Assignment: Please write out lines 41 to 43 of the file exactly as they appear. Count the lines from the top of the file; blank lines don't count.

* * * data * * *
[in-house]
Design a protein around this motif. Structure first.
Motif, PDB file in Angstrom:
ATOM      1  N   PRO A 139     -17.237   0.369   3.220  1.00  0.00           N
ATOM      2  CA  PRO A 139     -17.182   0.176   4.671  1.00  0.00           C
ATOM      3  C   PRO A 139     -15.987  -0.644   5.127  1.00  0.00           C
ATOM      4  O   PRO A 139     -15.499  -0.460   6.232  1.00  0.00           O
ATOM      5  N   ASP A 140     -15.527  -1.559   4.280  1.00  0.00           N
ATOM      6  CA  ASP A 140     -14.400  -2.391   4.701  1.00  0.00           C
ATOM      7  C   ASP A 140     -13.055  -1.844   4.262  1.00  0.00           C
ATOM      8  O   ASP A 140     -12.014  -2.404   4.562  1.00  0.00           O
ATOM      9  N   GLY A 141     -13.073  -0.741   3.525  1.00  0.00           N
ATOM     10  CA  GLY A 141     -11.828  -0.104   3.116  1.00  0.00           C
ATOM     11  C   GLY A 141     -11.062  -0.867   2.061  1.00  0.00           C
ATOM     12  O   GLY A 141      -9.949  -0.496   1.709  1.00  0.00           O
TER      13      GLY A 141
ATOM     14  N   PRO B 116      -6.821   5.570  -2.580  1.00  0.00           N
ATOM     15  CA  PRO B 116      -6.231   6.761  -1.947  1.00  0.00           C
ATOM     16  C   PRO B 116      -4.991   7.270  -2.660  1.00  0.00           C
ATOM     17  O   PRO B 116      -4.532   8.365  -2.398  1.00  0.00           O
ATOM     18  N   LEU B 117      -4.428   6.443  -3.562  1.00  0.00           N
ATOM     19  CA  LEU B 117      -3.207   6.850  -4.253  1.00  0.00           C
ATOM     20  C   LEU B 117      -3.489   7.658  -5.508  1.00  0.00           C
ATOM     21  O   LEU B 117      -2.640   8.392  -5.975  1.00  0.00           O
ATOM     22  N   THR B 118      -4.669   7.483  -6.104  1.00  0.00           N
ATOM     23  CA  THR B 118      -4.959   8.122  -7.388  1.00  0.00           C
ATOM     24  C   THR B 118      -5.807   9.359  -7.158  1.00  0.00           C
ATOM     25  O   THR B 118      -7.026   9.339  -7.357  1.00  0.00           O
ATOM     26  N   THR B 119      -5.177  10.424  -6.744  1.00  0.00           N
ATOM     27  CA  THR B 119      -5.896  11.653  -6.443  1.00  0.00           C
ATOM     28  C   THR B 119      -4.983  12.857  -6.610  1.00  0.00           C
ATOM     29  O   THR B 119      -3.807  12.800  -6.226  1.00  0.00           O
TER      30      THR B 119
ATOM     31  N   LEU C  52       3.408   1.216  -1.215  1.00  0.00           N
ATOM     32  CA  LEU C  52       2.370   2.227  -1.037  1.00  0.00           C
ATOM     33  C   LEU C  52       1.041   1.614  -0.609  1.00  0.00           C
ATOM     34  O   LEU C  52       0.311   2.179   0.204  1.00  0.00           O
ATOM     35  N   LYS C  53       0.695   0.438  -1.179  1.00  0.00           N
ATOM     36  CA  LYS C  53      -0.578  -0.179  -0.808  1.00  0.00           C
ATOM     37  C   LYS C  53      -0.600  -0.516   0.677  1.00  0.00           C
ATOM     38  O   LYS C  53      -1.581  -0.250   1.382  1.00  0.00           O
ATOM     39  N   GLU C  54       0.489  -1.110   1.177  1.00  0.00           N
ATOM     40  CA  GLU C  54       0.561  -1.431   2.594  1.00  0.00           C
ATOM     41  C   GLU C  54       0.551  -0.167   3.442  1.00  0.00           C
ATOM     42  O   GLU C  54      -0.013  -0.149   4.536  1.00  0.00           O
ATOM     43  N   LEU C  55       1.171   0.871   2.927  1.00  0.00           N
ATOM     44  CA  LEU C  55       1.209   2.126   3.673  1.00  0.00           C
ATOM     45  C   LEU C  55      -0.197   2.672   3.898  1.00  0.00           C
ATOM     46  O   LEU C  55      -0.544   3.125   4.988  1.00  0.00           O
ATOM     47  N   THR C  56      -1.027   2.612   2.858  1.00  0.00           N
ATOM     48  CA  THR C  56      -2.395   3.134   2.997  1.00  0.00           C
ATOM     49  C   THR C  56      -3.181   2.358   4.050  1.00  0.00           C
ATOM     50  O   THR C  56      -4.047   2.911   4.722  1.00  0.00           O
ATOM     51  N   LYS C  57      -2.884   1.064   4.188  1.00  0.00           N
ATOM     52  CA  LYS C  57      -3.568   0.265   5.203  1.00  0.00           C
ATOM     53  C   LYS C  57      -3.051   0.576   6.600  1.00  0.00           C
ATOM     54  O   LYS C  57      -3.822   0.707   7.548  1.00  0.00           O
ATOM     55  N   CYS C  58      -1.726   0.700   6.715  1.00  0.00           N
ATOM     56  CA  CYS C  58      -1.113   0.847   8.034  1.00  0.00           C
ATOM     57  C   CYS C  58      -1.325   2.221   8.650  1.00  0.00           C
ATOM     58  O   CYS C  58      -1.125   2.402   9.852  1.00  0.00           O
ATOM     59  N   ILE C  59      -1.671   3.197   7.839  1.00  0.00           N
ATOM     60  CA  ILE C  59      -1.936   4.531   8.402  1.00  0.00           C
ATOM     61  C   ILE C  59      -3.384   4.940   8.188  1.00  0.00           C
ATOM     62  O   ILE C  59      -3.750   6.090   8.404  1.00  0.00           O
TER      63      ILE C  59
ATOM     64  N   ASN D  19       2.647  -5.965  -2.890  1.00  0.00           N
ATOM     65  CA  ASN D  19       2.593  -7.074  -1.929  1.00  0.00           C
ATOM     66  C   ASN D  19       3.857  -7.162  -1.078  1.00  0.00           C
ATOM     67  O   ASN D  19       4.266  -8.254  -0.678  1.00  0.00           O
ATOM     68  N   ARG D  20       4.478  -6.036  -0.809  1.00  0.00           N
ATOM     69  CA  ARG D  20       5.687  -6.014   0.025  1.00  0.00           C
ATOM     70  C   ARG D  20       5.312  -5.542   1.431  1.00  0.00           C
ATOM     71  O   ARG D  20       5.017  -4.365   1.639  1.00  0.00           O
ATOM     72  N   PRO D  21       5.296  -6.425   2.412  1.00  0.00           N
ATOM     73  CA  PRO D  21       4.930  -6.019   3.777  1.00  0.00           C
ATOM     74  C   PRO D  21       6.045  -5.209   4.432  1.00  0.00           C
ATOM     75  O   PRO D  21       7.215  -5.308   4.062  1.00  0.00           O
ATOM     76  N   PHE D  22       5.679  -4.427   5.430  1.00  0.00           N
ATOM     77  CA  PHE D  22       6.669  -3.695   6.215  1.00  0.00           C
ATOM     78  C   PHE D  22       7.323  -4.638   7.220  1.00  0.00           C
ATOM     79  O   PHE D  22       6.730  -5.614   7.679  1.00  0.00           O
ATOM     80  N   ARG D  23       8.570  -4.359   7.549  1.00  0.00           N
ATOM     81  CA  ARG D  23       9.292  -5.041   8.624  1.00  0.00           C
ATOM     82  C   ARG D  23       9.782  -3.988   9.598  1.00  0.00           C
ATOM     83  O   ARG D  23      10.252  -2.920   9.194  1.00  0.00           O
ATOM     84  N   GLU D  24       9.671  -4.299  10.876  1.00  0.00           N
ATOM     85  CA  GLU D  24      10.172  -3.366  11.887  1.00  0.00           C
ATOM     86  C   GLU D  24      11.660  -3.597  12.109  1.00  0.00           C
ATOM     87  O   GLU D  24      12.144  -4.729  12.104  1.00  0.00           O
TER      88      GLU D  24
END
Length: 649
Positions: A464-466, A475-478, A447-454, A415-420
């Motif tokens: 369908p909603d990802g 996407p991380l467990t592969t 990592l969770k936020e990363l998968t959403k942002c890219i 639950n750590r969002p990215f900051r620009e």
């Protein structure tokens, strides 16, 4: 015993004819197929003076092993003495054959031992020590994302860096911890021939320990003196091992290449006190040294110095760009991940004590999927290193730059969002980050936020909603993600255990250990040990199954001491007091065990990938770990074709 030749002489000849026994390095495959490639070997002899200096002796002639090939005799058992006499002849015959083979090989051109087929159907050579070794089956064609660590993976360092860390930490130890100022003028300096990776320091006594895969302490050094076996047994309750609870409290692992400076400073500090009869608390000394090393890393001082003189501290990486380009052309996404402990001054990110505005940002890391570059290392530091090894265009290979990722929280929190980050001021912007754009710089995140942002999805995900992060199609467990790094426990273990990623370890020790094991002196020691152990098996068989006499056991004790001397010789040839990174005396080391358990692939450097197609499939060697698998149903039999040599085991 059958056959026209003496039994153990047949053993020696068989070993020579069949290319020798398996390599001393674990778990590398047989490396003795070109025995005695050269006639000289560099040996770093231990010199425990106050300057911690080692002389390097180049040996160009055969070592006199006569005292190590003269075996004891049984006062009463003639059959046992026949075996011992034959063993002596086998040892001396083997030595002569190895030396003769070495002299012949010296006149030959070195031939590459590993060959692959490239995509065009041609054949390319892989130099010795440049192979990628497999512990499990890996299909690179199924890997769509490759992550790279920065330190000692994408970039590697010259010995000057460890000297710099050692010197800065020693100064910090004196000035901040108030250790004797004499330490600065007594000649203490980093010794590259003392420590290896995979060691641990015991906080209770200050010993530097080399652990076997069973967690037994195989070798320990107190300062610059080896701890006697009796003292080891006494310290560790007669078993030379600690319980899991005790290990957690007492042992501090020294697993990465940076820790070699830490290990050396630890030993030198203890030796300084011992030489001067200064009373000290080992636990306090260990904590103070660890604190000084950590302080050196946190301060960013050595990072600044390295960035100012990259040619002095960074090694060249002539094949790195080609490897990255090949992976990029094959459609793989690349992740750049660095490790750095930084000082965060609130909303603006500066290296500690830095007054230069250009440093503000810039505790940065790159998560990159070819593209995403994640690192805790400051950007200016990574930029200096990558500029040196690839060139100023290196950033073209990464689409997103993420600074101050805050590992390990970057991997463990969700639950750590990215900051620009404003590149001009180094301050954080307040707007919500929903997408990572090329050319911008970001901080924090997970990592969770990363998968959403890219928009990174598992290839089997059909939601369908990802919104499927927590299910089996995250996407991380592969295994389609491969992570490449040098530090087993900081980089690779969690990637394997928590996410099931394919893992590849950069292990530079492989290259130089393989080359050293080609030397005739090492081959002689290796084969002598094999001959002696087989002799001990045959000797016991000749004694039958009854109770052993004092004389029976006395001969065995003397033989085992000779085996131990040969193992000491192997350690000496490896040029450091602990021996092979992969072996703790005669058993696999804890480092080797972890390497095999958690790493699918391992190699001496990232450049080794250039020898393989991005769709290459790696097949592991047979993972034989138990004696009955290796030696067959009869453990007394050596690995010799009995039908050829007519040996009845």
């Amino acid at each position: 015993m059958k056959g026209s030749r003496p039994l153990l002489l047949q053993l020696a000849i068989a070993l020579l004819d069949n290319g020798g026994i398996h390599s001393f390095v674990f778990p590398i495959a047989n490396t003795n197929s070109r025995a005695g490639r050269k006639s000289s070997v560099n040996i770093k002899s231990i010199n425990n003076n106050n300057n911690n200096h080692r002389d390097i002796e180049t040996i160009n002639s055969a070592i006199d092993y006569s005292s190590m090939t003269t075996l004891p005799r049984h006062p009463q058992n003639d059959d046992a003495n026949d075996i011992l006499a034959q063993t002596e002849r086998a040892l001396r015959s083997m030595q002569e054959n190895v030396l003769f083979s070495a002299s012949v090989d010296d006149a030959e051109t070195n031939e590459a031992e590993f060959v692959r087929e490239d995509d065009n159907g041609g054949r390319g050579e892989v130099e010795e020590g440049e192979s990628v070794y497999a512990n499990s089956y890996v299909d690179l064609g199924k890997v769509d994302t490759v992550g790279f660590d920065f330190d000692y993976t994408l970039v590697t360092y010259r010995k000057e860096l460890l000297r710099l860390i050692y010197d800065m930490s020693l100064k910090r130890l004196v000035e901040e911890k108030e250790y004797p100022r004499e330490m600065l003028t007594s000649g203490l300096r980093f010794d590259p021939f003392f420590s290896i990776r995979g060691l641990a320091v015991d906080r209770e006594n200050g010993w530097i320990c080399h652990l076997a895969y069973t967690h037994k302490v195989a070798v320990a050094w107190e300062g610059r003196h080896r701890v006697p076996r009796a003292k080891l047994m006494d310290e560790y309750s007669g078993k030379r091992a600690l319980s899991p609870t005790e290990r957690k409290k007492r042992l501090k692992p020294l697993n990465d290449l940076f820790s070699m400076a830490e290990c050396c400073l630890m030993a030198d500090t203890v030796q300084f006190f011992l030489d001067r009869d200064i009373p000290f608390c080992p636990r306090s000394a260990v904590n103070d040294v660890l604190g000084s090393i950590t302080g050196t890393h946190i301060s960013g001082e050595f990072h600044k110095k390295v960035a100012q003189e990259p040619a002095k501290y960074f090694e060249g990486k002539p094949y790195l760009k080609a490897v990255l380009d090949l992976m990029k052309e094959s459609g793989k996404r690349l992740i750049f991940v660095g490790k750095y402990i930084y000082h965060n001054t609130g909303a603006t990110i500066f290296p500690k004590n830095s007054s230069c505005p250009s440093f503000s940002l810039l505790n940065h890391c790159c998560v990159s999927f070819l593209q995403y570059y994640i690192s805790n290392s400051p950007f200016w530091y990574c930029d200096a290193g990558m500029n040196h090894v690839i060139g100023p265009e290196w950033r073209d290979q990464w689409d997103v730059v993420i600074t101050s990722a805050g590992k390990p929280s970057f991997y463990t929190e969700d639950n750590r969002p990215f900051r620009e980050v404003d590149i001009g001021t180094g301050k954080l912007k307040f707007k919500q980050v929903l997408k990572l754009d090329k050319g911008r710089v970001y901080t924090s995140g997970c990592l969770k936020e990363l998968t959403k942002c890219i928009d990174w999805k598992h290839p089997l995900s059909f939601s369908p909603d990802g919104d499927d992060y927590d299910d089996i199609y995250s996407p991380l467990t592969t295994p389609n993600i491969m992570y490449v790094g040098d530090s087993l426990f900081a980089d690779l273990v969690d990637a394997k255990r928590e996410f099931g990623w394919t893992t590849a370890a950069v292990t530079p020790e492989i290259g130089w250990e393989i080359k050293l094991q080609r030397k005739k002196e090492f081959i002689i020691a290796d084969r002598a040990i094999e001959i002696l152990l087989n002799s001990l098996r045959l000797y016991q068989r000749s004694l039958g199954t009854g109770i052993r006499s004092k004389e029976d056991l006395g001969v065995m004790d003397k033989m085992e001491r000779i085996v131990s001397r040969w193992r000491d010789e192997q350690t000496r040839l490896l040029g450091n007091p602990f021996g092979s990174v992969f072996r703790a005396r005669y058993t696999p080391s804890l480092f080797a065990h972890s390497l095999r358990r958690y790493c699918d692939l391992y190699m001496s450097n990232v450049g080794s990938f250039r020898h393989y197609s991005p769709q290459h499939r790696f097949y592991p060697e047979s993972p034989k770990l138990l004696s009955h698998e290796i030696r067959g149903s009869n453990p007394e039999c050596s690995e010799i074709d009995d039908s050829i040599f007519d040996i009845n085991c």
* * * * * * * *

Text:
ATOM     38  O   LYS C  53      -1.581  -0.250   1.382  1.00  0.00           O
ATOM     39  N   GLU C  54       0.489  -1.110   1.177  1.00  0.00           N
ATOM     40  CA  GLU C  54       0.561  -1.431   2.594  1.00  0.00           C